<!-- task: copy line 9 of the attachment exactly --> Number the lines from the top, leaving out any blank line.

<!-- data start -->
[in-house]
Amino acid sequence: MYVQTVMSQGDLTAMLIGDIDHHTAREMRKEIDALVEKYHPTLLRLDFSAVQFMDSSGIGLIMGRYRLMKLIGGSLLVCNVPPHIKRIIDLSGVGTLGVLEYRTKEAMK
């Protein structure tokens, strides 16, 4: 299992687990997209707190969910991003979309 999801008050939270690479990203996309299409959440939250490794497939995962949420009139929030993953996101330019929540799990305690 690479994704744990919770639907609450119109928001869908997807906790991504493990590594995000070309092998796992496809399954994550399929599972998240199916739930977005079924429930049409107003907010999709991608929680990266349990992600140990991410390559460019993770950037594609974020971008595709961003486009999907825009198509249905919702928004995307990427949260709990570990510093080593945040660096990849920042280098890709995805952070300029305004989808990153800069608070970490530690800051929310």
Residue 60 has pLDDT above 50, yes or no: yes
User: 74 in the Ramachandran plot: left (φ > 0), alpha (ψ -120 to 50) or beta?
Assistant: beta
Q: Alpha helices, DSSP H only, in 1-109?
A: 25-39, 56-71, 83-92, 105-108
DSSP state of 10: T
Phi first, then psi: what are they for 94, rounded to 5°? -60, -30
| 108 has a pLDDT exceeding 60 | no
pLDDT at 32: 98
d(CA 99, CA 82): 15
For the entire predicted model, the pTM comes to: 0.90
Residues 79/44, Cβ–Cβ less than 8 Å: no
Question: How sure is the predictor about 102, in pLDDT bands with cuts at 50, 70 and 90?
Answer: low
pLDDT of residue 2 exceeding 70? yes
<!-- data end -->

DSSP state of 10: T